A living museum of military architecture, Madison Barracks played a part in every war involving our nation from the War of 1812 to World War II. It is architecturally unique as an early example of a designed military complex and for the rich diversity of its stone and brick buildings. With a sweeping parade ground and wide view of Black River Bay, Madison Barracks forms a National Register Historic District. The complex is the focus of a major renovation project.
Old Stone Row was built by the 2nd U.S. Infantry between 1816-1819 as part of a permanent safeguard against attack from the north. A 40-acre site was selected for twin rows of officers quarters (Stone Row) flanked by perpendicular rows of enlisted men’s quarters, forming an open quadrangle overlooking Black River Bay. It was nearly abandoned in 1877 following a fire which destroyed half of Stone Row. Due to the intervention of Ulysses S. Grant, assigned here after graduating from West Point, Stone Row was rebuilt and the historic post remained active.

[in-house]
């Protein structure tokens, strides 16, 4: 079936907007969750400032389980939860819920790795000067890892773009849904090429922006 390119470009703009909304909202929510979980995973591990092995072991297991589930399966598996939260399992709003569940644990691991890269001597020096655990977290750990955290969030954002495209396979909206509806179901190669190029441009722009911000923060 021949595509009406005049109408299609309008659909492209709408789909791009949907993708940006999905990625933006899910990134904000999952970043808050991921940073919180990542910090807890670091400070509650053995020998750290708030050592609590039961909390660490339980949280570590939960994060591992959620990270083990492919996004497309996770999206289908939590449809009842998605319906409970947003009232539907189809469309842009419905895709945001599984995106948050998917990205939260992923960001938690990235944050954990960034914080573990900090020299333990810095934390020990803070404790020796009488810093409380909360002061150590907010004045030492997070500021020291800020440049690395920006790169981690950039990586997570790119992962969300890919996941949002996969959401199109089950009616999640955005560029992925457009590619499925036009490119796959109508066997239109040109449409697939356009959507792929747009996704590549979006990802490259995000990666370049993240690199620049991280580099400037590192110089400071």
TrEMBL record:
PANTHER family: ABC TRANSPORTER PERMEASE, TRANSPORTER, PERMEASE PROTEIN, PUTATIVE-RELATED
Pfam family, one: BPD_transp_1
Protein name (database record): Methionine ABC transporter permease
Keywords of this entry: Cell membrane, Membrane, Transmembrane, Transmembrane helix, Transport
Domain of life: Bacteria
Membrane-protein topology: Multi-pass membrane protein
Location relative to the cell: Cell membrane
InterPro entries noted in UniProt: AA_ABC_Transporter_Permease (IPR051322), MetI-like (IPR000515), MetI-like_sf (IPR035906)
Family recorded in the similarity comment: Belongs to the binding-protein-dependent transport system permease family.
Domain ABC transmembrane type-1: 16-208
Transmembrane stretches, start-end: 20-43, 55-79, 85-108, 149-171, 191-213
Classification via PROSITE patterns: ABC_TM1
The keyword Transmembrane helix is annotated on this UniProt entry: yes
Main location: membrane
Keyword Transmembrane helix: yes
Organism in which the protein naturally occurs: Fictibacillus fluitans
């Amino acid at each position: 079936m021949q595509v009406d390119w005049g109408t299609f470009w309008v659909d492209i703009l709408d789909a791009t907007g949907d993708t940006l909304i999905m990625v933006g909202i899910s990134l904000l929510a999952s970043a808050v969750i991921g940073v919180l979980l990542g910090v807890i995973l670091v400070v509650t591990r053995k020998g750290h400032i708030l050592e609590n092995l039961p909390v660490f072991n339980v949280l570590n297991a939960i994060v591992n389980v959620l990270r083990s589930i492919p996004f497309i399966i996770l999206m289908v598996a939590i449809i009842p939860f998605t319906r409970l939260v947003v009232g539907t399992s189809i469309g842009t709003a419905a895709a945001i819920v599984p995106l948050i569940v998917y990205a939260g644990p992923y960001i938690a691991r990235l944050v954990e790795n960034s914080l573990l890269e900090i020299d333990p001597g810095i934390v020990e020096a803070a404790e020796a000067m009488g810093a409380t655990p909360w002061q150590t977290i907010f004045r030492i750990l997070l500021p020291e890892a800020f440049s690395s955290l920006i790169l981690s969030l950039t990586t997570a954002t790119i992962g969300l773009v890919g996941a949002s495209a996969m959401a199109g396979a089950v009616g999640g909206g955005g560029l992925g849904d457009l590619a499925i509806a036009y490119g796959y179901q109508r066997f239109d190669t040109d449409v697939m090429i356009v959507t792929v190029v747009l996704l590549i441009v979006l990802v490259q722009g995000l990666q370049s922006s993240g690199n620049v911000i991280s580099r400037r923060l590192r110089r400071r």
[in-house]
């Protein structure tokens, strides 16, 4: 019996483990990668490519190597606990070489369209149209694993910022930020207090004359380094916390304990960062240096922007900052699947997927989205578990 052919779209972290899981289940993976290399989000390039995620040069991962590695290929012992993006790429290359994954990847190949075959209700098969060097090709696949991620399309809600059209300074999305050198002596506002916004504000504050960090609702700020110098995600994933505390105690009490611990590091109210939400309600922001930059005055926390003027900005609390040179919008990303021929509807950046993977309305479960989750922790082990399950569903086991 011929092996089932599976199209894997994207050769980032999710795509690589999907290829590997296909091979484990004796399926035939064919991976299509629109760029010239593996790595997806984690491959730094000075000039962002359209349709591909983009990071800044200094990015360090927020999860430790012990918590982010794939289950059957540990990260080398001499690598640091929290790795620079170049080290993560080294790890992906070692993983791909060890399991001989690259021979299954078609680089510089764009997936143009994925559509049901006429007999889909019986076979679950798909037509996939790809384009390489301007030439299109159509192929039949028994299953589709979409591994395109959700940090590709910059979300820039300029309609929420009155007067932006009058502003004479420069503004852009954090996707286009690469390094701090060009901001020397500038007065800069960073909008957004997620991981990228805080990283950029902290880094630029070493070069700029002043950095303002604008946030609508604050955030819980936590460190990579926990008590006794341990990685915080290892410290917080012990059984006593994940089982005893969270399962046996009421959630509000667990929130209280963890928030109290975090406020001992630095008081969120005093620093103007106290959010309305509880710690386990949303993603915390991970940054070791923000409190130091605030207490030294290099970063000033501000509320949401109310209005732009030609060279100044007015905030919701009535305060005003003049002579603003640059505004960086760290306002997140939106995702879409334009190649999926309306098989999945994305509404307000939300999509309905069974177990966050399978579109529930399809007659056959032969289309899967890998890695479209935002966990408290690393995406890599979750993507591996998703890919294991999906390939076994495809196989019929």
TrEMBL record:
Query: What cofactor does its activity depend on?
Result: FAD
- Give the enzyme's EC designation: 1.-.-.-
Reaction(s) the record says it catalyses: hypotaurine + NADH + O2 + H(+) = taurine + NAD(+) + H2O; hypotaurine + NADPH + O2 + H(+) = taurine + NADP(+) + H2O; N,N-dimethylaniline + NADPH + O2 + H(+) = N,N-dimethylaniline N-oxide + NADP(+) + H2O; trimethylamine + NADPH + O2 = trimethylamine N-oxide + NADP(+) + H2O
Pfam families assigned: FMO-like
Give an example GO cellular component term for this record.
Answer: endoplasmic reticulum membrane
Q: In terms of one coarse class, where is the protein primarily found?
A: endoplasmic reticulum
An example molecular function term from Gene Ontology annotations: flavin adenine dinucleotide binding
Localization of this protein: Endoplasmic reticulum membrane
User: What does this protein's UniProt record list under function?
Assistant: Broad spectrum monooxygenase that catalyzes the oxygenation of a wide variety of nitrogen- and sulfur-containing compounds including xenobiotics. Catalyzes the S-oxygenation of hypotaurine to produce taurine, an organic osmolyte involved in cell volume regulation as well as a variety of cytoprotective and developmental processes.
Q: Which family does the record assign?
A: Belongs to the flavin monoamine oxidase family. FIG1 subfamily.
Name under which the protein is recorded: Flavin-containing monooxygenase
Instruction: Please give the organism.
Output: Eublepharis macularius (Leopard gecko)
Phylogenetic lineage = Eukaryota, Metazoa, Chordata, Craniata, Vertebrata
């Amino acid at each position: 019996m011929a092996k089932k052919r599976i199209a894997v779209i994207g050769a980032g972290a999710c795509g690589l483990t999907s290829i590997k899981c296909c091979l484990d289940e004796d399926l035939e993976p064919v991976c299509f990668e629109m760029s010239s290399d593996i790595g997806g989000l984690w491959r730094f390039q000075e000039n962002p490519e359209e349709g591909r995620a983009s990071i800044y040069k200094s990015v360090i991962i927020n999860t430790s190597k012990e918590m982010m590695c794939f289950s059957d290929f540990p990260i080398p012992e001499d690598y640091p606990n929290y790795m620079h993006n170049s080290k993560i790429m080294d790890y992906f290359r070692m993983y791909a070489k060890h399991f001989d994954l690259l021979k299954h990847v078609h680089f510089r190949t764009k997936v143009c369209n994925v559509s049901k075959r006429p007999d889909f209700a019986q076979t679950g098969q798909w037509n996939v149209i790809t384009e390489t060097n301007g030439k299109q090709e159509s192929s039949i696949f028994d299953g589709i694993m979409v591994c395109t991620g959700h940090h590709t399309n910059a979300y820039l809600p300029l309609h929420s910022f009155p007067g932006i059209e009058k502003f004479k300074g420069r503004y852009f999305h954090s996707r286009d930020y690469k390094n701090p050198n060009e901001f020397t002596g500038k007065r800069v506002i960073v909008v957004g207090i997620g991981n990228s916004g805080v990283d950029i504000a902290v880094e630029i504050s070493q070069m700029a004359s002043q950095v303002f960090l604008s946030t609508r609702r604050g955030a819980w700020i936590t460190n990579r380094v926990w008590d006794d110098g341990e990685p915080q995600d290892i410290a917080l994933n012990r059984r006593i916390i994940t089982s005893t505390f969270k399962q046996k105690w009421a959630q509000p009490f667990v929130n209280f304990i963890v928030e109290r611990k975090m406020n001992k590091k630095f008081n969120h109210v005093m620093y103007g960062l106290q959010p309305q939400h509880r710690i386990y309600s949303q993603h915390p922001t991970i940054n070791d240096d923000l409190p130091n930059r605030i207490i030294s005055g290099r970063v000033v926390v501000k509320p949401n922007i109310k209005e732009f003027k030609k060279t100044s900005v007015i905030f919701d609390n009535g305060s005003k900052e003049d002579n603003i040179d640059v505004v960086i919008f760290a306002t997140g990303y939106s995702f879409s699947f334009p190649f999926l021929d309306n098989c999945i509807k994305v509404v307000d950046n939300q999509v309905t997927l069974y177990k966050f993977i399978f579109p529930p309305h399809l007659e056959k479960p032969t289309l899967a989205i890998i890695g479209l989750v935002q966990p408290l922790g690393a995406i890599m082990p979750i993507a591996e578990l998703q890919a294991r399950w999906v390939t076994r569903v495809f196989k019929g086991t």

The Parade Grounds are part of the remains of the original quadrangle. The 1890’s master plan joined the Parade Grounds with the adjacent Polo Lawn into a sweeping campus that doubled the size of the 7th Filed Artillery in 1922. Madison Barracks became well known for its horse activities. Polo matches attracted spectators on Sunday afternoons and are yet played here on an occasional summer day.
The Stone Tower was constructed in 1892 as part of a new water system for the expanded Barracks. The Romanesque Revival structure resembles a medieval fortification tower, with its rusticated limestone walls, narrow windows, and rooftop observatory. A 55,000 gallon water tank was concealed inside.
Officers Row is a row of five identical brick duplexes built in the mid 1890’s for officers newly stationed at the Barracks.
The Hospital is a superb grey limestone structure built in 1838 in Greek Revival Style. Historic photographs show louvered and panelled shutters and a rooftop widow’s walk. Other notable features include fine Greek Revival doorways, iron balconies, and quoined cornerstone work.
Fort Pike, named for Zebulon M. Pike, defended the northeastern end of Sackets Harbor, and is proposed to become a village park in the near future.